Hi Rickey -- These are wonderful, tiny gold coins minted by the US government from 1854 to 1889. The coin in our picture is especially nice looking, so it will command good value. Coins with less eye appeal will be worth far less. But, remember:
NEVER CLEAN A COIN. CLEANING RUINS VALUE.
The Red Book, a popular US price guide, lists these coins as follows:
worn: $150 US dollars
average circulated: $250
well preserved: $300
fully uncirculated (like our picture): $500
These are catalog values for common date coins. Actual values will be less, as described on our Important Terminology page. There are many special dates, see below. If you have one of these coins, take it to a knowledgeable collector or a coin dealer for an in-person appraisal.
You can figure the basic value of the gold content by mulitplying the current price of gold by 0.0484; there are 0.0484 troy ounces of gold in one of these coins. For instance, if the price of gold is $1100 per troy ounce (use kitco.com to look it up; it changes daily), then the base value is 0.0484 x 1100 = $53 US dollars.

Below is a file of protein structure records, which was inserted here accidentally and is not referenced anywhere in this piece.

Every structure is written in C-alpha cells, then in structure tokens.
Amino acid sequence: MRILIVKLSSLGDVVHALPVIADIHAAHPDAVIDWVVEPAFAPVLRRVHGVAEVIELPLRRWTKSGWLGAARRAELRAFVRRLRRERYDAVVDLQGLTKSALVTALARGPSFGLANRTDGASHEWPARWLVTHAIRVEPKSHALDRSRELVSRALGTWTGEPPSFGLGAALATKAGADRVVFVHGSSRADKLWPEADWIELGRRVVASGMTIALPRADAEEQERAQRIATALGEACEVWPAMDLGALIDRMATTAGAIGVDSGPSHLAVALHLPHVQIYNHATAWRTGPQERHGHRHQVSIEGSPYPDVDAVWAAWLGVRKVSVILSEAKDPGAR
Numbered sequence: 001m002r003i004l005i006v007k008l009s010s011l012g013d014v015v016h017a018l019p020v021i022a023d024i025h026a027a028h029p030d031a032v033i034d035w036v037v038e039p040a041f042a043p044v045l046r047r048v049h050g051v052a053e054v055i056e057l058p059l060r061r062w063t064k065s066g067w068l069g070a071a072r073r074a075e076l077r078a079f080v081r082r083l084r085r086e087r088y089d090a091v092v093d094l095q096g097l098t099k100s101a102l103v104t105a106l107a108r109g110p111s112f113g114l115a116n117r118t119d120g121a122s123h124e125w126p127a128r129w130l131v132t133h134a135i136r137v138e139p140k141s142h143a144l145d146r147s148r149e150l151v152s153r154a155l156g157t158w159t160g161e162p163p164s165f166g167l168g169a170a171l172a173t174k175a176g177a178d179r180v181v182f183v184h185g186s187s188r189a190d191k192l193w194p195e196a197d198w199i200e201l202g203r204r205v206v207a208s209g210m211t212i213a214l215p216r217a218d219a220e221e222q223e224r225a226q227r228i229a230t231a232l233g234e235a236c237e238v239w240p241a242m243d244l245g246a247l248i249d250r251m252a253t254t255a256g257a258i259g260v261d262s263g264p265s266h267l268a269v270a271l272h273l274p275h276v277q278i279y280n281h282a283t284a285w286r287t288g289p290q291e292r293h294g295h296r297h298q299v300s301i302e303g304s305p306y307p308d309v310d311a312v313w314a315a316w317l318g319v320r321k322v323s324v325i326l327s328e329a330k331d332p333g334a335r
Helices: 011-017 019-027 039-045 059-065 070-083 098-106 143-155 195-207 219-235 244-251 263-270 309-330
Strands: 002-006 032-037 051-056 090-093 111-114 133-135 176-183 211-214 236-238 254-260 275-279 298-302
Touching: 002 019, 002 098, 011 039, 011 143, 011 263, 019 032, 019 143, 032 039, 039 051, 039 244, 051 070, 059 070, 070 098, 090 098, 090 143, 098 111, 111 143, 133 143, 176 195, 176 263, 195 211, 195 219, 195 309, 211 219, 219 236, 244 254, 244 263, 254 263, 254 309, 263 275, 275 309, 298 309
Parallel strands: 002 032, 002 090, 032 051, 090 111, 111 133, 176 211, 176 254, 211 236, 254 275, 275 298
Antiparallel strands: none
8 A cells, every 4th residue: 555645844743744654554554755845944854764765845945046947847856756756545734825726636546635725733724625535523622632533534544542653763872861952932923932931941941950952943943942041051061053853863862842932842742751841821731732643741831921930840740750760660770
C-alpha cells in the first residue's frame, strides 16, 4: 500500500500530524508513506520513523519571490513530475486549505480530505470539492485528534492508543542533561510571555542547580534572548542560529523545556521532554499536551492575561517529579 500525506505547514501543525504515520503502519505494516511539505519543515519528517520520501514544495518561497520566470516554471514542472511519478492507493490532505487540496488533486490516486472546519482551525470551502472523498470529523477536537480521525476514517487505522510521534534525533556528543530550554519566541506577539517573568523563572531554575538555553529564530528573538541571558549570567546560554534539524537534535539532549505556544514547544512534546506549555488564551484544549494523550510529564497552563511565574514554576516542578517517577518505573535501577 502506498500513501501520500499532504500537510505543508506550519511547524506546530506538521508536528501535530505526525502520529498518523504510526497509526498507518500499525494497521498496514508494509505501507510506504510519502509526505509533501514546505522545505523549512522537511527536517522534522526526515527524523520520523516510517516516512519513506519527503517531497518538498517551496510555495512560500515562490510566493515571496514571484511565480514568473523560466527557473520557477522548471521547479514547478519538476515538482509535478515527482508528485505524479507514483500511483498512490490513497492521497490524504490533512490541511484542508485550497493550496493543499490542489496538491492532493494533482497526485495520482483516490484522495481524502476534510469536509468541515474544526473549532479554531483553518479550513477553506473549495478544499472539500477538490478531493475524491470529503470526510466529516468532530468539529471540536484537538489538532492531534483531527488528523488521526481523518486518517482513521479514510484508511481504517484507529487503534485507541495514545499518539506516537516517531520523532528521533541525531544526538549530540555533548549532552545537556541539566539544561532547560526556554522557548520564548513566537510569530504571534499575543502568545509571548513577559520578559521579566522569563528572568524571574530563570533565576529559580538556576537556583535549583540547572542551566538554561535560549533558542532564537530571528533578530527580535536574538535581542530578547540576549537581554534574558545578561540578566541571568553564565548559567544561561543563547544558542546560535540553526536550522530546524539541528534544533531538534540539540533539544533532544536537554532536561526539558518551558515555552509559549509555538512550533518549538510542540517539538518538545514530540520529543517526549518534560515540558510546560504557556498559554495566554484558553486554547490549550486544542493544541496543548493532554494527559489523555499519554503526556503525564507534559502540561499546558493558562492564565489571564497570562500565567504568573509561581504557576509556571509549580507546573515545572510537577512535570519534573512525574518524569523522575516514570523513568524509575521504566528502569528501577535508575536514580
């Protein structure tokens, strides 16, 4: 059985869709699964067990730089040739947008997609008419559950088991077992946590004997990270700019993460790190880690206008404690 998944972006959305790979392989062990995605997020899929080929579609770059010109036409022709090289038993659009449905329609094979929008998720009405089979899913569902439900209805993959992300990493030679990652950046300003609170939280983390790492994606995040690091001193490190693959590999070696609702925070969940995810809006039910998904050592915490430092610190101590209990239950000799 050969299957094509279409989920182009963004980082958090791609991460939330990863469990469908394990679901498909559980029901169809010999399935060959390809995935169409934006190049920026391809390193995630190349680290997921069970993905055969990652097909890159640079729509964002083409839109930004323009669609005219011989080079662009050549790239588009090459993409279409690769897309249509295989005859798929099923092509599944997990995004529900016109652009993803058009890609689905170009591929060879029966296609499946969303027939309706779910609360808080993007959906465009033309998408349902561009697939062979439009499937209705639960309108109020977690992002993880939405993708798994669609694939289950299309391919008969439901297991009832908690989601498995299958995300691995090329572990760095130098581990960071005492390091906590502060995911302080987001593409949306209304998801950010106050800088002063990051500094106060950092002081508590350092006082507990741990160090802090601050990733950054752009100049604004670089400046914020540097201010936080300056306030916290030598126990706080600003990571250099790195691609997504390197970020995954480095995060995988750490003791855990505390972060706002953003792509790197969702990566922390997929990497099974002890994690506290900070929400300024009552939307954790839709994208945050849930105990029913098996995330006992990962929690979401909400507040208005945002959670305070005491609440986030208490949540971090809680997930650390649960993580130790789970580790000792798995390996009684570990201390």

The values above are for coins with common dates, which are most dates in the series. In general, if a coin has a C or D mint mark, it is worth somewhat more than a common date coin. There are a few *better dates* which command significantly higher value. The list below gives approximate catalog values for better dates and mint marks in average circulated condition:
In addition to these Princess Head gold dollars, there are also Liberty Head gold dollars minted between 1849 and 1854. You can see our appraisal page for the Libs at this CoinQuest link. A discussion of counterfeits appears here.